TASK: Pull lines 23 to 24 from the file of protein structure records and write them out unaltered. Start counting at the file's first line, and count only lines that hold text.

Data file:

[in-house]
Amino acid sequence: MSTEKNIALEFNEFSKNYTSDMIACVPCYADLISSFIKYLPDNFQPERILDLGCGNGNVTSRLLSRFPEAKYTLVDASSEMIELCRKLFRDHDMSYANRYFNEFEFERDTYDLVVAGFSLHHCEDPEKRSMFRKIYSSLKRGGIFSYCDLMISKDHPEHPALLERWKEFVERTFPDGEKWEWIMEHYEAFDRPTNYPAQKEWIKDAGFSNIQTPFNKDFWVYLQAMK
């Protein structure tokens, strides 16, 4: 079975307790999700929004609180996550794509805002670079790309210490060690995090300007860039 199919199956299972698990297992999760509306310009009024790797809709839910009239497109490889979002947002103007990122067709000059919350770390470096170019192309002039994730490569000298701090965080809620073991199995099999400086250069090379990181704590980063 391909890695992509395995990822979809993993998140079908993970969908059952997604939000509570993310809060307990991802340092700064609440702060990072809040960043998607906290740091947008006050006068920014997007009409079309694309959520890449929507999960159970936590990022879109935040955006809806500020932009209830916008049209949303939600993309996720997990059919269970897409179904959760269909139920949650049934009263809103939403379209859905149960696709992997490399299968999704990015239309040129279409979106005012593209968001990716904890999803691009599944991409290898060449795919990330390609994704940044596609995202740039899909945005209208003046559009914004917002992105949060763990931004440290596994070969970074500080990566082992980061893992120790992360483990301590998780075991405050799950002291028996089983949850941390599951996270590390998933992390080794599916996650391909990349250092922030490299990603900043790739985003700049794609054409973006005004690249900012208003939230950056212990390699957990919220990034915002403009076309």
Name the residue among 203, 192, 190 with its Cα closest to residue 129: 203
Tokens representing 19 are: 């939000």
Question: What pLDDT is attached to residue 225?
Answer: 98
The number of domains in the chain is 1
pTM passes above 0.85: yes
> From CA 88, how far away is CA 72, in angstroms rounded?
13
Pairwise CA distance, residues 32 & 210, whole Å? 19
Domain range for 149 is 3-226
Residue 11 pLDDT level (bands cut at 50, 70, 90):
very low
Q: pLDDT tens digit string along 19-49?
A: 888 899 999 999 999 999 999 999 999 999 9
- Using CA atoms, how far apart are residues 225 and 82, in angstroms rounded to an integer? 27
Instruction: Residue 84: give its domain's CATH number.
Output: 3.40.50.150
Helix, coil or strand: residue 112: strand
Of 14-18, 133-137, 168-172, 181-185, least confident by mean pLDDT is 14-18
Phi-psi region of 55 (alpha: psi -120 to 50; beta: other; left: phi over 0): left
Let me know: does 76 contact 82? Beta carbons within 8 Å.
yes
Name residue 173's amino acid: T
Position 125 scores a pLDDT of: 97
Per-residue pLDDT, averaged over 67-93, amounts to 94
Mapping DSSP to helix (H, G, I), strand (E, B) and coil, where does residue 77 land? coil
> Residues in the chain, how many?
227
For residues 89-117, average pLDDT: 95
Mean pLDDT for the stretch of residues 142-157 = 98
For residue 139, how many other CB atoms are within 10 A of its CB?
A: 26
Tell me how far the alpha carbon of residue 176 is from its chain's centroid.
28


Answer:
Phi-psi region of 55 (alpha: psi -120 to 50; beta: other; left: phi over 0): left
Let me know: does 76 contact 82? Beta carbons within 8 Å.